umlaut (n.)

1852, from German umlaut "change of sound," from um "about" (from Proto-Germanic umbi, from PIE root *ambhi- "around") + laut "sound," from Old High German hlut (from Proto-Germanic *hludaz "heard, loud," from suffixed form of PIE root *kleu- "to hear"). Coined 1774 by poet Friedrich Gottlieb Klopstock (1724-1803) but first used in its current sense "modification of vowels" 1819 by linguist Jakob Grimm (1785-1863).

The scribal use of umlaut marks in German began 14c. as the pronunciation of some sounds simplified, to indicate the older ("proper") pronunciation; originally it was a full letter -e- above a -u- (later also added to -a- and -o-).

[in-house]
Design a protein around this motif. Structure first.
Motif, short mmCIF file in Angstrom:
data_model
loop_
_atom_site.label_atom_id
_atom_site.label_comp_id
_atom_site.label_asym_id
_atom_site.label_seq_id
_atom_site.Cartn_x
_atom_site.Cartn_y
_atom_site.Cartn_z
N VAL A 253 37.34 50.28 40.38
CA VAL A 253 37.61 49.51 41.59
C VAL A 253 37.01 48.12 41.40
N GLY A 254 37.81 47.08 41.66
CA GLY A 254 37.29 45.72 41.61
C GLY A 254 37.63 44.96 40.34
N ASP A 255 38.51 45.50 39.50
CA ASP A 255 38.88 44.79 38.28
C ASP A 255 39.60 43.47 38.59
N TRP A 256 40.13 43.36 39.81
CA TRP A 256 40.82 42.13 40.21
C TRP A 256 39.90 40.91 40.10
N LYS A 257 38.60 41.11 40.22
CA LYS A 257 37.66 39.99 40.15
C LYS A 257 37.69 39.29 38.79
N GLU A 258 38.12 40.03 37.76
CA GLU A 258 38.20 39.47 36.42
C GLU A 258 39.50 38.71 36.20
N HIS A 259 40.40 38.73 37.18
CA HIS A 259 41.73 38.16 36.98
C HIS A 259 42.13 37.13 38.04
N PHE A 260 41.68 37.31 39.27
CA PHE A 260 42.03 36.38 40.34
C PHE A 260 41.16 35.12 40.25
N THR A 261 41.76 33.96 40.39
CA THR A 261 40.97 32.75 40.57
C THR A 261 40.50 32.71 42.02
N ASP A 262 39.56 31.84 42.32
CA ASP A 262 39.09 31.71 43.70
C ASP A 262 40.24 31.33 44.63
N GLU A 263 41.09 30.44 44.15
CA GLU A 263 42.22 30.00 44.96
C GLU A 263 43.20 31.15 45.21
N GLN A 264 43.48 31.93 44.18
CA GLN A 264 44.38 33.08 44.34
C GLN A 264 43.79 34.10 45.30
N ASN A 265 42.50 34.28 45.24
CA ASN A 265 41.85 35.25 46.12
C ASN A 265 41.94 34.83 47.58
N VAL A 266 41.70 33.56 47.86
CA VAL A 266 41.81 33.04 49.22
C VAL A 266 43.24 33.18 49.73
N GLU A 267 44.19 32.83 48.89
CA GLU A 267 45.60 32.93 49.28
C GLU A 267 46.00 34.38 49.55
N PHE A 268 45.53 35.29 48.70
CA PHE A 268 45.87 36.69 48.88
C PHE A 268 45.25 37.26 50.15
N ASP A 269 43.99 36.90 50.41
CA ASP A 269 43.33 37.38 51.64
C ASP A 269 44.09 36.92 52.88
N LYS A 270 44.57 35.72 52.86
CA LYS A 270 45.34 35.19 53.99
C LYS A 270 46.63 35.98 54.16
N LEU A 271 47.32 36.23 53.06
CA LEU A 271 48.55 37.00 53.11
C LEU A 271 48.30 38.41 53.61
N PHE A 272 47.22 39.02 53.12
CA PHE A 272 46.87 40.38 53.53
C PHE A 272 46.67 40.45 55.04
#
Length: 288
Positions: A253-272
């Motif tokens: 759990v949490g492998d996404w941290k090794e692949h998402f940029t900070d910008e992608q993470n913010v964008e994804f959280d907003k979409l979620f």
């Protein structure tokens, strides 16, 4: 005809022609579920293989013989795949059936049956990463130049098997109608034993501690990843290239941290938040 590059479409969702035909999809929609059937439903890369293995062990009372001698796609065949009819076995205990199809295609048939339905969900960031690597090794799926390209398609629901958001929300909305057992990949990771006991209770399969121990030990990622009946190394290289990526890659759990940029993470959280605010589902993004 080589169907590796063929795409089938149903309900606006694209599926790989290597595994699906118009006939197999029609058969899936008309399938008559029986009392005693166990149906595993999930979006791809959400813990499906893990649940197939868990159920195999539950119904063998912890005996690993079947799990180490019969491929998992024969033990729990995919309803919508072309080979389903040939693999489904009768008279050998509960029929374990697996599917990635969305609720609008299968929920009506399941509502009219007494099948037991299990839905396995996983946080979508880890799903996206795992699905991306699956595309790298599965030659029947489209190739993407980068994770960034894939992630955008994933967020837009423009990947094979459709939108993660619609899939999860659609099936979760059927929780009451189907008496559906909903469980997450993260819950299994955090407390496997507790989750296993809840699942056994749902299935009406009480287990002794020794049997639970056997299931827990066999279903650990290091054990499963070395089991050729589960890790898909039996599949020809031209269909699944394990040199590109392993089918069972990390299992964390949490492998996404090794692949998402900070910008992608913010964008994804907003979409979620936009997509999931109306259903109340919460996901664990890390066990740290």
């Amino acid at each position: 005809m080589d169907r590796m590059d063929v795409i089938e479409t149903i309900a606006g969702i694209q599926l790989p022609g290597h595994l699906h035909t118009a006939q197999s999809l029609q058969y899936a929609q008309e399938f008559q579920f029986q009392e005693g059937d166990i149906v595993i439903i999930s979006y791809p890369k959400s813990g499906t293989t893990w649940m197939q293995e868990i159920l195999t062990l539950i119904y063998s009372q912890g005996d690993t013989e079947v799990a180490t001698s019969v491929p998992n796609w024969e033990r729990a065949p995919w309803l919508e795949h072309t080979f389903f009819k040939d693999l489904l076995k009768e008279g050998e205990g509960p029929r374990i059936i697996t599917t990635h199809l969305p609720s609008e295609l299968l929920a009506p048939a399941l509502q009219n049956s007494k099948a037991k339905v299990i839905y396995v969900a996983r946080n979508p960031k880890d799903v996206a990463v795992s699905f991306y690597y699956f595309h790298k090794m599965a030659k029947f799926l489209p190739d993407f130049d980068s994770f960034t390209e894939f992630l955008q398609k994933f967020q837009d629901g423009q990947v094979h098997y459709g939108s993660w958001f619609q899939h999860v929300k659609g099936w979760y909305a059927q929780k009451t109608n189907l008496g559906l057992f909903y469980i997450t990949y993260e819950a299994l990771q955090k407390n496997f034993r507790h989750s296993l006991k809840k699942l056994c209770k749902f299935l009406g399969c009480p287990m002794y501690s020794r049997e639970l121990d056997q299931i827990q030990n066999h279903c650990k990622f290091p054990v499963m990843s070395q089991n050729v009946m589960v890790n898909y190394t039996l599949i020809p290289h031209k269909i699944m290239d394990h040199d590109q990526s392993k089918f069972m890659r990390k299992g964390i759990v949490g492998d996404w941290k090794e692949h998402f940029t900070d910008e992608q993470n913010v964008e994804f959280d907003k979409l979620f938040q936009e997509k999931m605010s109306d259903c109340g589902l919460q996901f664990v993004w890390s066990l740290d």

When the umlauted diphthong came to be pronounced as a single vowel sound ü, the e was then written over the u by many scribes in order to indicate the proper pronunciation of what had become a monophthong. ... Our "umlaut marks" are simply the vestiges of the two broken strokes of the Gothic-script e. [John T. Waterman, "A History of the German Language," University of Washington Press, 1976]